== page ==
Catching up

I’ve been laid low by flu for the past week; no teaching, no writing. To catch up:

My column in Jezebel last week: Five Tips for Ending Slut-Shaming Fatigue. Excerpt:

When harassers are confronted on their behavior, they often offer the same classic defense: “she wouldn’t dress that way if she didn’t want attention.” Of course young people want attention — often sexual attention. Very few (if any) want that attention indiscriminately from every post-pubescent male with a pulse. “We always behave as if it’s a really selfish, dangerous and ultimately naïve way for girls to dress revealingly,” Clementine Ford wrote in an email. “A young woman isn’t allowed to dictate what attention she wants, because that’s her making a judgment on the kind of men she deems good enough for her.”

The virgin/slut dichotomy has long meant that a young woman is given two choices: have sex with no one, or give it up to everyone. One key way to fight slut-shaming is to reiterate that girls have the right to want to turn on whom they want to turn on – and still be treated with respect and care by those whom they don’t. That’s only an unreasonable expectation in a culture that expects very little from men.

My little brother Philip has been much in demand with the news of the discovery of the remains of Richard III. He was interviewed by the Independent here. My brother’s next book, on Shakespeare and Richard III’s body, comes out in September from Oxford University Press.

And though sick, I did an interview last week for this Stephanie Goldberg story on CNN: Cougars in Training: Young Women Dating Even Younger Men.

2 thoughts on “Catching up

  1. The flip side of this is the 35± year old woman, the overweight woman, or the woman that’s not conventionally attractive that’s considered gross or sad or comical for expressing her sexuality, or for foolishly believing that she has any sexuality to express.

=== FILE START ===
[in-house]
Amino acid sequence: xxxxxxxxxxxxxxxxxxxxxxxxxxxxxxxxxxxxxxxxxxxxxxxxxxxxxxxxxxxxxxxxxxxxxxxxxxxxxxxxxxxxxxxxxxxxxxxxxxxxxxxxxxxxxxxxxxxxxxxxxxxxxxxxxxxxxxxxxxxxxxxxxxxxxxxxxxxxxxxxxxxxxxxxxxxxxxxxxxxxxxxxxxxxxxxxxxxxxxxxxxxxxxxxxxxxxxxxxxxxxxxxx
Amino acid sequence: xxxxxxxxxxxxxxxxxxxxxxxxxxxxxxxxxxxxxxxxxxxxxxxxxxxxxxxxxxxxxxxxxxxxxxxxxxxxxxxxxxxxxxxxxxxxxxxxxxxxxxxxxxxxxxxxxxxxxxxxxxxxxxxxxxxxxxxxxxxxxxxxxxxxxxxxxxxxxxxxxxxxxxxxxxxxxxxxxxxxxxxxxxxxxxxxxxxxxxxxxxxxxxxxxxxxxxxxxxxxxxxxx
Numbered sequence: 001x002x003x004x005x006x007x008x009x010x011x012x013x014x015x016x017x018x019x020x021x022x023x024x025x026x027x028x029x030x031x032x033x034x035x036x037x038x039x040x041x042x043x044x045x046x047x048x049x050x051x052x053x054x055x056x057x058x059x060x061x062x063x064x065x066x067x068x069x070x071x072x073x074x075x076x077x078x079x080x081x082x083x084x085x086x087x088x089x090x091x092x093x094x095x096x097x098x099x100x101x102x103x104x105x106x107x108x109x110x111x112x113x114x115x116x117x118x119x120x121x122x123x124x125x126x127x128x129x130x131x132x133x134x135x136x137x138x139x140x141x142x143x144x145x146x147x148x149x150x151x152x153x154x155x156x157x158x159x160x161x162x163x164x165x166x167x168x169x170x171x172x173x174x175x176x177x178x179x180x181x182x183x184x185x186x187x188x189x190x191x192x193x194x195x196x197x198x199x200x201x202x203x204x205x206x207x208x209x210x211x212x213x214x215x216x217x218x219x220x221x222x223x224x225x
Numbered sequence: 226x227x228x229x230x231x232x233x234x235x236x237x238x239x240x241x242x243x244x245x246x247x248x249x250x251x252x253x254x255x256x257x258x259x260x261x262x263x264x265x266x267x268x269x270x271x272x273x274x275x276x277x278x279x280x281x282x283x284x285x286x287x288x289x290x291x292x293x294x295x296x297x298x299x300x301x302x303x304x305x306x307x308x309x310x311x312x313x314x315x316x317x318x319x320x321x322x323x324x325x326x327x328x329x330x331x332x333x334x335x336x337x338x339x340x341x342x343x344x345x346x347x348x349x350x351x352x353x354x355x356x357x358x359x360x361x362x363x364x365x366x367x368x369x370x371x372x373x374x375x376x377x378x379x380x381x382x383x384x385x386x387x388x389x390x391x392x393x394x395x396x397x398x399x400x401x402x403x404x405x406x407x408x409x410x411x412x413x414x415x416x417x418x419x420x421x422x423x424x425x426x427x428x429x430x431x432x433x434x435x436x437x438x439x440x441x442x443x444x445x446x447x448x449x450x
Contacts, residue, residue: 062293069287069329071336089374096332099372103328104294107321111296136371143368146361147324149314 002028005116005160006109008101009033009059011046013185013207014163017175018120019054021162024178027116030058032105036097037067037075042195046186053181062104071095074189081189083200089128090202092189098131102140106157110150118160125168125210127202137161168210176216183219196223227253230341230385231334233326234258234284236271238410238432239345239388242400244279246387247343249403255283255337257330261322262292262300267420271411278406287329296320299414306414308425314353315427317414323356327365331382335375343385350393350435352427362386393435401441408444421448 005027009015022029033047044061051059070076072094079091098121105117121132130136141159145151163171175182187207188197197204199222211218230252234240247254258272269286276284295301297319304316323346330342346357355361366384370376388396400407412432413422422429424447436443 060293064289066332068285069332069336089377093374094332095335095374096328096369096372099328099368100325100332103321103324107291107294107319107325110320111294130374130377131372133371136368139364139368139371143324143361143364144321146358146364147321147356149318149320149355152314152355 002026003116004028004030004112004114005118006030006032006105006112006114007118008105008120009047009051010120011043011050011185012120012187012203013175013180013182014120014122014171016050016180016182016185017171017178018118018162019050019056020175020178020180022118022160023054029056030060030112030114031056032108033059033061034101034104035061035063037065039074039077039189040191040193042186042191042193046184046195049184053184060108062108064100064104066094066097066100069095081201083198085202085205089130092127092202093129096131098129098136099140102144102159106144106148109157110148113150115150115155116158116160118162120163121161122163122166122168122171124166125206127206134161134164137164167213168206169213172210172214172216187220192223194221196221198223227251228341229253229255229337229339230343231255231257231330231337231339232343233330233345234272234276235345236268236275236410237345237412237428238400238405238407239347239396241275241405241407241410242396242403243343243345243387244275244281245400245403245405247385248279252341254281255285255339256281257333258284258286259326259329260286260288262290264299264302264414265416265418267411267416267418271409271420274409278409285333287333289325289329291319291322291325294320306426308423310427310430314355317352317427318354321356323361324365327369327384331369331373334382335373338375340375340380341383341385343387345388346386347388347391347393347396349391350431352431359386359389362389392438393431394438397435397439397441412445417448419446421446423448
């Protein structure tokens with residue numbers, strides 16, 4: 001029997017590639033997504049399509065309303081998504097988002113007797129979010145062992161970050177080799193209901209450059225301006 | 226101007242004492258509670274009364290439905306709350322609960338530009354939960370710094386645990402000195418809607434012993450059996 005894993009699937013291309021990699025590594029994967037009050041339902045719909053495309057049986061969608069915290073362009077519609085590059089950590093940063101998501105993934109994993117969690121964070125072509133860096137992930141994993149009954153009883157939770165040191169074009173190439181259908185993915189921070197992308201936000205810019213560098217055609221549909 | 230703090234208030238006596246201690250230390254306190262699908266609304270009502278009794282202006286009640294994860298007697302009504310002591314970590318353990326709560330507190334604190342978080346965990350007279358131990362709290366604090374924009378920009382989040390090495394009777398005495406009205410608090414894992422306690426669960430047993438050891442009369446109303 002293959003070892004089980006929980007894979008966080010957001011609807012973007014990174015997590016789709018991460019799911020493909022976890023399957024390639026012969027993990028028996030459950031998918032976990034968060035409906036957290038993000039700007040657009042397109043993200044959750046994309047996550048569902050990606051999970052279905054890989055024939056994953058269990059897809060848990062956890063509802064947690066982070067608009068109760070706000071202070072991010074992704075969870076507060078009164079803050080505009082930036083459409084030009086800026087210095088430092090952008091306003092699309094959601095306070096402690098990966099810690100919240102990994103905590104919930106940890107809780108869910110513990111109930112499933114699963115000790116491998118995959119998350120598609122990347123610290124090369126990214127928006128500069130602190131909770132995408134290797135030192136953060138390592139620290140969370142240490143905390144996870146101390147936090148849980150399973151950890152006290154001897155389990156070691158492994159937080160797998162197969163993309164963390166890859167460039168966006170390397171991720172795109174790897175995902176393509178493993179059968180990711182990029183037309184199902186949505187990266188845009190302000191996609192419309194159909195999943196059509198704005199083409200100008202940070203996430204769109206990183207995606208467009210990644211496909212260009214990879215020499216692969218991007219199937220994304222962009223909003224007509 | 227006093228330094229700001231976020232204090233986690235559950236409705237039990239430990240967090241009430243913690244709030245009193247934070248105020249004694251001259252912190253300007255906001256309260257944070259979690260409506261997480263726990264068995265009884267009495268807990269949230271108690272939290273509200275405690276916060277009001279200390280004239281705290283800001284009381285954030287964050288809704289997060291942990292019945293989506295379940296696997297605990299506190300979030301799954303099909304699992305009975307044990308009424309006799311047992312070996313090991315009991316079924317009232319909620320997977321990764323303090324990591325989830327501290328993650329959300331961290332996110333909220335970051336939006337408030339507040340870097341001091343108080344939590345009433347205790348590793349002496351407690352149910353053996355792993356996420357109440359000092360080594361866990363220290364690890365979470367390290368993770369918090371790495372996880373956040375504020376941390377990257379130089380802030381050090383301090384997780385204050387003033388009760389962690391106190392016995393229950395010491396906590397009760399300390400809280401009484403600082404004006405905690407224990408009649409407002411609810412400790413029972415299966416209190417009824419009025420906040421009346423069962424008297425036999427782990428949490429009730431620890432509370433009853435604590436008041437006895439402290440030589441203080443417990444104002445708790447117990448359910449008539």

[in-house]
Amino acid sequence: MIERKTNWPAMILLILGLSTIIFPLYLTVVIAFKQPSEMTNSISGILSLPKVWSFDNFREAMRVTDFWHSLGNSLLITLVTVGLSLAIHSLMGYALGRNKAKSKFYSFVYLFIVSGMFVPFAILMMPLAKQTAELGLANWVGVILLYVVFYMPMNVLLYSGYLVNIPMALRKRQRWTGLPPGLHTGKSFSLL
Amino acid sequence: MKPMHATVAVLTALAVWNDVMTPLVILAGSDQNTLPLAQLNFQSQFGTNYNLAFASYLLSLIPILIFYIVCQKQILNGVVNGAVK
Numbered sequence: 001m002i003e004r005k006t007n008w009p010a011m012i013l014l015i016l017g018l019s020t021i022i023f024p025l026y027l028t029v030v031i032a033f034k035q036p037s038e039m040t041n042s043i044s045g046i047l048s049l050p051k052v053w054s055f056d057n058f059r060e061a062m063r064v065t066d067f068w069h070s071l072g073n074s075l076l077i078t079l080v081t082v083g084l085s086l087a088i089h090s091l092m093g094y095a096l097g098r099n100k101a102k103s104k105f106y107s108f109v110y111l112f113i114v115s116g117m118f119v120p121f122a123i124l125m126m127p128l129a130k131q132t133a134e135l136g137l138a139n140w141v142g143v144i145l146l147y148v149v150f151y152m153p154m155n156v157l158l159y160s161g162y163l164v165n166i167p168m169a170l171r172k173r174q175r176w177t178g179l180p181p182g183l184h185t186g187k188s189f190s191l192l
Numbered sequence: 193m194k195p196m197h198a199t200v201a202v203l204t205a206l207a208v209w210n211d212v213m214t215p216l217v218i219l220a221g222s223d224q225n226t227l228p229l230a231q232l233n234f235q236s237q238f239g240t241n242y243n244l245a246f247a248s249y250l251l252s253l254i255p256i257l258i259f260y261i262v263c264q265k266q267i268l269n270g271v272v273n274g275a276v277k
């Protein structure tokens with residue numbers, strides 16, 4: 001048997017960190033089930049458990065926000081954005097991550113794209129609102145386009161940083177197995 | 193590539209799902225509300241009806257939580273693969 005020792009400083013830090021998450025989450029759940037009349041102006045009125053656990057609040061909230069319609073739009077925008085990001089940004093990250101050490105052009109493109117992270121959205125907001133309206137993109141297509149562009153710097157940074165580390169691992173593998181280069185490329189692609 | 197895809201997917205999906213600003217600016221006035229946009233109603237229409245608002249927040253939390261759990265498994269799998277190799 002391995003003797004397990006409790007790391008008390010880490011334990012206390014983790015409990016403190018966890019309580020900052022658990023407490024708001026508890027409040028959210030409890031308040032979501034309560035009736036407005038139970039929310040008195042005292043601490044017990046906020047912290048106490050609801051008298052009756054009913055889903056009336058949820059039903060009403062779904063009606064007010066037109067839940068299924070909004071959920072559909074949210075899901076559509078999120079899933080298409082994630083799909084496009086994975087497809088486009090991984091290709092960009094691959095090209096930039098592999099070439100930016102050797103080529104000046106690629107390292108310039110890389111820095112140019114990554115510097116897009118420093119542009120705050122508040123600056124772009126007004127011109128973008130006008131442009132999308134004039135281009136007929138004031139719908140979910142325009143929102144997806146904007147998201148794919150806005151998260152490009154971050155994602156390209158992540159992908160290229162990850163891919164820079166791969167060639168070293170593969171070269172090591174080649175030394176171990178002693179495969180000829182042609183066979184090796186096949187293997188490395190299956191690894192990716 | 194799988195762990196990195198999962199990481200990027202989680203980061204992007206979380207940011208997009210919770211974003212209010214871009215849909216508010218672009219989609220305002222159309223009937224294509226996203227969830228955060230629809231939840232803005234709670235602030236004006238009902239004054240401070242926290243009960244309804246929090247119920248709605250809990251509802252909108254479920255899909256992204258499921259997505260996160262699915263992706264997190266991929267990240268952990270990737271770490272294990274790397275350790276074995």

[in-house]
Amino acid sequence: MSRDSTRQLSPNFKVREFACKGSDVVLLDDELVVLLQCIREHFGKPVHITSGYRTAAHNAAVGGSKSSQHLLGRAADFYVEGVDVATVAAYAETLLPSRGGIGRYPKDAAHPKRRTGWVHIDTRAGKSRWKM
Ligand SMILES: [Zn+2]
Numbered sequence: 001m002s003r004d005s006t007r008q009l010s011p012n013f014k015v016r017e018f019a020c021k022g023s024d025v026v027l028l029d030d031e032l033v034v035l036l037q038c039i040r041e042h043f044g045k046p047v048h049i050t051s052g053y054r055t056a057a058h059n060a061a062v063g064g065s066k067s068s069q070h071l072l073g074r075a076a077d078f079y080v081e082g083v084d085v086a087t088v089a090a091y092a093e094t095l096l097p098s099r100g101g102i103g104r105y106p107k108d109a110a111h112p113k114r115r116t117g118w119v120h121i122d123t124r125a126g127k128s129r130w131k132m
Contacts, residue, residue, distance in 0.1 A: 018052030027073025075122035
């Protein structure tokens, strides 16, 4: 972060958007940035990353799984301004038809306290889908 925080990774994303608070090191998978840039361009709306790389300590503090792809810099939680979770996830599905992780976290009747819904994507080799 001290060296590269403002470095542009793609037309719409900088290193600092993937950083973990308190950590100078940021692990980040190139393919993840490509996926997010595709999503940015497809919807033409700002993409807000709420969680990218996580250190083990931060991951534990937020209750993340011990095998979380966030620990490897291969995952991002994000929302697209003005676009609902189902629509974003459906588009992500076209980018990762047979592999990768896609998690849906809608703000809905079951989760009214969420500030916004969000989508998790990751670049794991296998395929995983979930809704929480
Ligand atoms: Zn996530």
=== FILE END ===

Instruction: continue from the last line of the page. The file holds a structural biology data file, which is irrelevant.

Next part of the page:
Many of my guy friends reacted with disgust to Madonna’s Super Bowl performance. When Angelina Jolie wore a gorgeous black gown with a thigh high slit to the Oscars last year, bloggers dismissed her “middle aged and desperate.” A guy friend sneered that she was “getting a little old for parts like that” when we first saw the trailer for “Salt.”

    In college, the ultimate insult to throw was “Go fuck a fat chick.”

    And I had a boss that complained openly about the women he considered to be unattractive in our office. “I shouldn’t have to look at that all day!”

    Maybe “a young woman isn’t allowed to dictate what attention she wants,” but at least she’s wanted. Men can be equally cruel in withholding attention from women they consider undesirable. Call it “crone shaming.”

  2. Good points, Ellen. Though I think there’s a strong difference between “withholding attention” which everyone is entitled to do regardless of looks (theirs or others) and being deliberately mean.

    It’s not only possible but standard politeness to not comment on another’s physical appearance if it isn’t complimentary in some way.

    Your old boss sounds very much like the college boys trying to sort out who they’re attracted to by comparing notes with their bros.
    Hugo’s wrote a telling article, I think, on that last year. About how men are more interested in getting the approval of other men than pursuing their own attractions. I don’t recall the title or where he published it, but maybe he’ll throw a link in here.

    I agree with what you’re saying though. It plays into the standard tropes of age, beauty, etc.

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